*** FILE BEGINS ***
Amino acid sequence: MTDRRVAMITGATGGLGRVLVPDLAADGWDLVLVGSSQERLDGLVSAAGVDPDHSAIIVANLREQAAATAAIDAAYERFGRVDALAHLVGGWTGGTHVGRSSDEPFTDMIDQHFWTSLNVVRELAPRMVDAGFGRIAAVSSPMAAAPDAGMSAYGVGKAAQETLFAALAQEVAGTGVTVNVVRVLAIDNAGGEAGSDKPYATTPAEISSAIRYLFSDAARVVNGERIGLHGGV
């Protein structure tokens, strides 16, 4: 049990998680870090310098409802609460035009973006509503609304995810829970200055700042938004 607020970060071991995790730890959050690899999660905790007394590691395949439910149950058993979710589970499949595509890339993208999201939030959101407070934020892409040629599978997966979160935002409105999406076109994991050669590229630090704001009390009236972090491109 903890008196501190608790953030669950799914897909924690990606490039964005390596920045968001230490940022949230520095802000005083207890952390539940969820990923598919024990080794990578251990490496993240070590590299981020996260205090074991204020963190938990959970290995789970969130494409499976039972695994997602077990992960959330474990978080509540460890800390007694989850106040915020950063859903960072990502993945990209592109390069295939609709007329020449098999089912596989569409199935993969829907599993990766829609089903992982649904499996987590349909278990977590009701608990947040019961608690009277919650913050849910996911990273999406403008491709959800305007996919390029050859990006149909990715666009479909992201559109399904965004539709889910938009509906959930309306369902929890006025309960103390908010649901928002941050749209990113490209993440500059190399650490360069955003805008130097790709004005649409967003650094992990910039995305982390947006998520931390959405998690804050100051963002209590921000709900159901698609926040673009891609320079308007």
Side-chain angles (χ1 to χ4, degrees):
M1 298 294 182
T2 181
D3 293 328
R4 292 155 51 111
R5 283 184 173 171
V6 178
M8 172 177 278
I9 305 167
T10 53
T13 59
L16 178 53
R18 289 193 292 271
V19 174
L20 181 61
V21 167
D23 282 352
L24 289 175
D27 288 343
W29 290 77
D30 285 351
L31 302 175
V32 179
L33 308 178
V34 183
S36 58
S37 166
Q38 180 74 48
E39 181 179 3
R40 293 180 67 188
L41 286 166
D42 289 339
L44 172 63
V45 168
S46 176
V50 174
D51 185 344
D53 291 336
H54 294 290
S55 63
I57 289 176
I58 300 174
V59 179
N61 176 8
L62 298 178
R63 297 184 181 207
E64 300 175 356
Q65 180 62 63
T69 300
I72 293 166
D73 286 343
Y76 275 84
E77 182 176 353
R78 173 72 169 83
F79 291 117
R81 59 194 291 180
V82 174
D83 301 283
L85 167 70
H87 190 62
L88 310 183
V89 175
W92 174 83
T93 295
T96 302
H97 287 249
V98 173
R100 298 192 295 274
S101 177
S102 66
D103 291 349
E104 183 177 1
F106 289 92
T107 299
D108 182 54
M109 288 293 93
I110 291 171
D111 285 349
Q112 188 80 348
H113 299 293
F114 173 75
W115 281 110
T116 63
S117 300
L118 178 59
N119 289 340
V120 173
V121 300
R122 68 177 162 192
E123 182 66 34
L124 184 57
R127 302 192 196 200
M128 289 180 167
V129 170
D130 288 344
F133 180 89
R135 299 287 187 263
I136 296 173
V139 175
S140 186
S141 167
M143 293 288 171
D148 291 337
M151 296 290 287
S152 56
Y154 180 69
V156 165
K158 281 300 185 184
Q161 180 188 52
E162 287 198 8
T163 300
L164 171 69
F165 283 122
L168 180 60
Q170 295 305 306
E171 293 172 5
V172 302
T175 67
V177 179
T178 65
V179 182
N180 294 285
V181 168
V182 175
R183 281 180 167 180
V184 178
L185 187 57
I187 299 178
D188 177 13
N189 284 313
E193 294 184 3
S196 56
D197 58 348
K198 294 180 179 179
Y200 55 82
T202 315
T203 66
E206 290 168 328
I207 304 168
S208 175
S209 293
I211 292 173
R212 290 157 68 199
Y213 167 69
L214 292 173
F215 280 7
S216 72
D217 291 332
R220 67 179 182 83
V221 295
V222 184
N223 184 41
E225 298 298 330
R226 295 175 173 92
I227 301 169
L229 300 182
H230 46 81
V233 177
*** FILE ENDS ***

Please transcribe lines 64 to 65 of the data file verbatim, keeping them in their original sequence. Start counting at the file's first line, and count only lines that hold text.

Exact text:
V89 175
W92 174 83